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Transcriptome analysis uncovers the key pathways and candidate genes related to the treatment of Echinococcus granulosus protoscoleces with the repurposed drug pyronaridine

Abstract

Background

Cystic echinococcosis (CE) is a life-threatening zoonosis caused by the larval form of Echinococcus granulosus tapeworm. Our previous study showed that an approved drug pyronaridine (PND) is highly effective against CE, both in vitro and in an animal model. To identify possible target genes, transcriptome analysis was performed with E. granulosus sensu stricto protoscoleces treated with PND.

Results

A total of 1,321 genes were differentially expressed in protoscoleces treated with PND, including 541 upregulated and 780 downregulated genes. Gene ontology and KEGG analyses revealed that the spliceosome, mitogen-activated protein kinase (MAPK) pathway and ATP-binding cassette (ABC) transporters were the top three enriched pathways. Western blot analysis showed that PND treatment resulted in a dose-dependent increase in protein expression levels of EgMKK1 (MKK3/6-like) and EgMKK2 (MEK1/2-like), two members of MAPK cascades. Interestingly, several heat shock protein (HSP) genes were greatly downregulated including stress-inducible HSPs and their constitutive cognates, and some of them belong to Echinococcus-specific expansion of HSP70.

Conclusions

PND has a great impact on the spliceosome, MAPK pathway and ABC transporters, which may underline the mechanisms by which PND kills E. granulosus protoscoleces. In addition, PND downregulates HSPs expression, suggesting a close relationship between the drug and HSPs.

Background

Cystic echinococcosis (CE) is a parasitic zoonosis caused by the larval stage of the dog tapeworm Echinococcus granulosus. Chronically infected humans or domestic animals remain asymptomatic for a long time. Infection with E. granulosus leads to the development of one or multiple cysts located mostly in the liver and lungs, which triggers clinical signs in the late stage, including abdominal and chest pain, chronic cough, vomiting, even death [1, 2]. CE is a globally distributed disease highly endemic in South America, Northern Africa, and Central Asia (especially Western China) [3]. The global health burden of CE is estimated at over 1 million disability-adjusted life-years (DALYs) each year [4]. The disease also affects the local livestock industry’s economic benefits, with an estimated yearly loss of at least US$3 billion [5].

Among current CE treatment options, anti-parasitic drug therapy is widely used for most clinical cases [6, 7]. Recently, we repurposed an approved anti-malarial drug pyronaridine (PND) as a promising candidate for CE treatment [8]. Oral administration of PND showed high concentrations of the drug in the liver and lungs, which are the most affected organs in CE. Oral administration, intraperitoneal injection or microinjection procedure (which mimics the clinical percutaneous techniques) significantly reduced the parasite burden in mice. However, the anti-CE mechanism of action of PND is not clear. Previous studies showed that the primary anti-malarial mode of action of PND is inhibition of β-hematin formation, enhancement of hematin-induced red blood cells lysis, and inducing the formation of abnormal vesicles in the food vacuole of plasmodium [9, 10]. A transcriptome profiling of Plasmodium falciparum in response to PND reveals a striking abundance of genes encoding host-exported proteins [11]. In addition, PND has been characterized as a potential anticancer agent, which reverses the multi-drug‐resistance (MDR) phenotype in MDR cancer cell lines by inhibiting the function of the efflux P‐glycoprotein (Pgp) [12, 13]. In this study, to obtain a comprehensive understanding of the anti-CE mechanism of PND, the global gene expression in E. granulosus protoscoleces (PSCs) following treatment with PND was analyzed using RNA-seq.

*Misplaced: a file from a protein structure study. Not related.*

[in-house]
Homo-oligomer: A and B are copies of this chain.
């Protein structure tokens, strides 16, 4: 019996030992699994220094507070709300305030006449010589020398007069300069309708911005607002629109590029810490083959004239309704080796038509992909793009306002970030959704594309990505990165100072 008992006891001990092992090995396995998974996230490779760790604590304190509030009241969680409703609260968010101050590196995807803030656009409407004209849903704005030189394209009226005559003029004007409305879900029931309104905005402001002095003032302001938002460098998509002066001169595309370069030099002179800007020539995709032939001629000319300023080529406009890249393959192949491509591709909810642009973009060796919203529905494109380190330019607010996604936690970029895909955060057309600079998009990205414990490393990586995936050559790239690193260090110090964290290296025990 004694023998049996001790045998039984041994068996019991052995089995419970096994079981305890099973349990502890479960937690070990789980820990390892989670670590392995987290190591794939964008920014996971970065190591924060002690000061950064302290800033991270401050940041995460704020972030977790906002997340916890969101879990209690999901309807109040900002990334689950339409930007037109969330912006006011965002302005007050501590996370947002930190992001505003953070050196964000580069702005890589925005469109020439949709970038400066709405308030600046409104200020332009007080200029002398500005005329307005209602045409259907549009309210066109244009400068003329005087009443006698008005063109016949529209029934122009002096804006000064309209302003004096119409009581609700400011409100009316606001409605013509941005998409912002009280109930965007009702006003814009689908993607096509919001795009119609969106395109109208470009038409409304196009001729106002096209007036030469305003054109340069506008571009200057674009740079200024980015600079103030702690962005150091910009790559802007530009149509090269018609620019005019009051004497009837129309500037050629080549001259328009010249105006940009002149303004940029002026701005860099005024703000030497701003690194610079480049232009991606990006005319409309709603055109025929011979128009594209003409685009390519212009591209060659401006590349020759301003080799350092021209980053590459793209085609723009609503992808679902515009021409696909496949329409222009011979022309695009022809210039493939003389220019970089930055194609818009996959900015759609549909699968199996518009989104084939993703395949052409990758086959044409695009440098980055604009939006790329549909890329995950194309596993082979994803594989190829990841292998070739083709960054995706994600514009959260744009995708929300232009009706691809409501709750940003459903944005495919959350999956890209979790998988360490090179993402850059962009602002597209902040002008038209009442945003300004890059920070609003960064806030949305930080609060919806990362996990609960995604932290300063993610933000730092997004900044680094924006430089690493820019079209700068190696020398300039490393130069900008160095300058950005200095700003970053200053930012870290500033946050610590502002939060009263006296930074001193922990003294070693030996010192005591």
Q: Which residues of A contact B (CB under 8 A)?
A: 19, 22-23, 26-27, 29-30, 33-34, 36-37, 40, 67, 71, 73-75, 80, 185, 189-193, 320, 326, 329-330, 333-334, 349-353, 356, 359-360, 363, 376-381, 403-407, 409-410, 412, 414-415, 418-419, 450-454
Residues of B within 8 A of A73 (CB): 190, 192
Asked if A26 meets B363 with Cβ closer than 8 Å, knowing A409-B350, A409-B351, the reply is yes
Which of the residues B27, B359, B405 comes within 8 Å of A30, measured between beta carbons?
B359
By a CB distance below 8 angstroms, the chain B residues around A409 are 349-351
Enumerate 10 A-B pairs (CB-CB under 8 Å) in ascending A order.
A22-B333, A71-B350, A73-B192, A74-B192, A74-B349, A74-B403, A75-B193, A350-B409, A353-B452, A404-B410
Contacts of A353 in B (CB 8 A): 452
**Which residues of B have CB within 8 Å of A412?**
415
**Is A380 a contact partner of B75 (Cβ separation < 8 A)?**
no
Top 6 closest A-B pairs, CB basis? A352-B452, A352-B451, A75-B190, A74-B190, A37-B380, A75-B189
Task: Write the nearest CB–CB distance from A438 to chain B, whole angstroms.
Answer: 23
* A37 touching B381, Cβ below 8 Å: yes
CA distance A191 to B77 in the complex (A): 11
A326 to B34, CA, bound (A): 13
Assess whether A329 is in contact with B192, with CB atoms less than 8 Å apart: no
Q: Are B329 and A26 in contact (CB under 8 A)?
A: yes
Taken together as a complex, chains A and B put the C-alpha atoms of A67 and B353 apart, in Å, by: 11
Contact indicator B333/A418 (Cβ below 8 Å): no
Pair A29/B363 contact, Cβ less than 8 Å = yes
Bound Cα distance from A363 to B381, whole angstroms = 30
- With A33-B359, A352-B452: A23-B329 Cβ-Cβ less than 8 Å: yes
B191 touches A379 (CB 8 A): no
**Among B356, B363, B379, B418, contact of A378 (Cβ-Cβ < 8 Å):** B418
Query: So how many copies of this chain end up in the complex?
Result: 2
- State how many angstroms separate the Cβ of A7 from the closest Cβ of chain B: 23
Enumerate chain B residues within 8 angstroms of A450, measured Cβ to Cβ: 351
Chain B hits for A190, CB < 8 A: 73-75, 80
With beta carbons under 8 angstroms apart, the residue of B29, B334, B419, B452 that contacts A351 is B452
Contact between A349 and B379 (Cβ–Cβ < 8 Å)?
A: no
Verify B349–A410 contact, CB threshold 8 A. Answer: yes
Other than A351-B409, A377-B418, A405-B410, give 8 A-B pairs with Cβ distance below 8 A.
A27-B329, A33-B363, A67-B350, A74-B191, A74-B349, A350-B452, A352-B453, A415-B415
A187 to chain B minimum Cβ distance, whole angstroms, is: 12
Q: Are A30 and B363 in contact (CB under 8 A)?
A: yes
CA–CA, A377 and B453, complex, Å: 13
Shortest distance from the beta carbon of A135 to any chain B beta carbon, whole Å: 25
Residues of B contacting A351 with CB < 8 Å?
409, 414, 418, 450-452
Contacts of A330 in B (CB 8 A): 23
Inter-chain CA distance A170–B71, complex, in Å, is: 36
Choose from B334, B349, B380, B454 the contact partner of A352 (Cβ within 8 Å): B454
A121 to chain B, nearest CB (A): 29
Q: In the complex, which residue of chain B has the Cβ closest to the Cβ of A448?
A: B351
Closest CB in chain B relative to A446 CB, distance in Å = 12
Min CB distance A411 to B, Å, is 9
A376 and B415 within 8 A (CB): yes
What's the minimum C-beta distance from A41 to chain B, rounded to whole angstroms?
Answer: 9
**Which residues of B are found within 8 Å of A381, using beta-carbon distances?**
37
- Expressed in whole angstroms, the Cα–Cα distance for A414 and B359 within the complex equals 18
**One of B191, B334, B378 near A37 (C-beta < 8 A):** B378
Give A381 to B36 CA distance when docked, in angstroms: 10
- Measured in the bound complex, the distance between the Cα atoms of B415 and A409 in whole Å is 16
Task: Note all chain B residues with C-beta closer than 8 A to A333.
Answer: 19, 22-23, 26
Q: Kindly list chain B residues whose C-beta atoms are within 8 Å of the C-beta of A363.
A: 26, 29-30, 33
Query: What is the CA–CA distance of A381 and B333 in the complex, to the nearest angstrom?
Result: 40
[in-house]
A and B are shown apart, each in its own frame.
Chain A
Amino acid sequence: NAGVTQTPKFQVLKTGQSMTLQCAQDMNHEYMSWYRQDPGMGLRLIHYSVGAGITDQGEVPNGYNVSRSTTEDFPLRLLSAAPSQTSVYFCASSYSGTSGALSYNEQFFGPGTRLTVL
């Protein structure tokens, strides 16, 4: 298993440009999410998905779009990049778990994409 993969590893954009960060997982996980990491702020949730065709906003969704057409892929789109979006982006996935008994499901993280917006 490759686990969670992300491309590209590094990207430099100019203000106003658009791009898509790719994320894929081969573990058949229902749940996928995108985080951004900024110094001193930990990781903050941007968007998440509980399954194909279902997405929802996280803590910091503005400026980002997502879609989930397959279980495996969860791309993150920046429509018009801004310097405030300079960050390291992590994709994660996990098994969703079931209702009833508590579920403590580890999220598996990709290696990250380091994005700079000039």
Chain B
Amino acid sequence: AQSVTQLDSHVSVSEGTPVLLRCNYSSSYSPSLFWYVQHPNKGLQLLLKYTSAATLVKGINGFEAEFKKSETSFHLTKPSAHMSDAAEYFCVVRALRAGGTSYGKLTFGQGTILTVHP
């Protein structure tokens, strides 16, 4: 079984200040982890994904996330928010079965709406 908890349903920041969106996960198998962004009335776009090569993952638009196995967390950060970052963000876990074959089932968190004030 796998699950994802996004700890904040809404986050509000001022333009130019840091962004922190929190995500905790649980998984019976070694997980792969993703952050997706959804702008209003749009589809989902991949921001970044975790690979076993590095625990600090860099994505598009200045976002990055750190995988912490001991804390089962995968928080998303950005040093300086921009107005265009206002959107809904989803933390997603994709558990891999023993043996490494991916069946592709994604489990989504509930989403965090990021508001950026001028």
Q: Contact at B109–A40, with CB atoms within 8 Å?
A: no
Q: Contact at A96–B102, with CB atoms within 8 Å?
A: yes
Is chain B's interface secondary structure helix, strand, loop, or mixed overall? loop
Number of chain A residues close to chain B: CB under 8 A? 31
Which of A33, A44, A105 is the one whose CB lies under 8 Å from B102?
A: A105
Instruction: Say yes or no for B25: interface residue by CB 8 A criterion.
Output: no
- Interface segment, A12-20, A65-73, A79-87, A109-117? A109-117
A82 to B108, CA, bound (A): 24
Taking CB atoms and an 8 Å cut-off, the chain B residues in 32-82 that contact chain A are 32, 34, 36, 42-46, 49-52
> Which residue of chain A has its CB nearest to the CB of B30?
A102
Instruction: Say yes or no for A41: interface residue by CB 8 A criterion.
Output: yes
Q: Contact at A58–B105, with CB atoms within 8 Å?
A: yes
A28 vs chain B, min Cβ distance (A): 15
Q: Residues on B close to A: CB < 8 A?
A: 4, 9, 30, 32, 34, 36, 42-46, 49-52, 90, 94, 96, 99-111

Results

RNA sequencing data analysis

Global gene expression of PND-treated E. granulosus PSCs was analyzed using an Illumina platform. The obtained sequences were aligned against E. granulosus genome sequences. A total of 60.3 and 58.2 million clean reads were obtained from control and PND groups, respectively (Table 1). The clean reads were mapped to the E. granulosus genome scaffold (https://www.ncbi.nlm.nih.gov/genome/?term=Echinococcus+granulosus) reported by Zheng et al. [14]. As shown in a volcano plot (Fig. 1), a total of 1,321 genes were significantly differentially expressed in the PND-treated group compared to the control group, including 541 upregulated and 780 downregulated E. granulosus genes.

Table 1 Summary of read mapping results of the sequences generated from E. granulosus PSCs with or without PND treatment
Fig. 1
figure1

Volcano plot for the differentially expressed genes (DEGs) between control and pyronaridine (PND)-treated groups. The X-axis shows the differences in gene expression (FDR: adjusted p-value), while the Y-axis indicates expression changes (log2 fold change) of the genes in different groups. Splashes were for different genes. Black dots, red and yellow dots, and blue and dark blue dots represent genes with no significant discrepancy, significantly upregulated genes, and significantly downregulated genes, respectively

Gene ontology (GO) classification

There were 47 GO terms significantly enriched for differentially expressed genes (DEGs) in PND-treated groups, including 19 biological process terms, 17 cellular component terms, and 11 molecular function terms (Table 2). The most enriched GO terms were associated with cell part, voltage-gated calcium channel complex, binding, voltage-gated calcium channel activity and response to stress.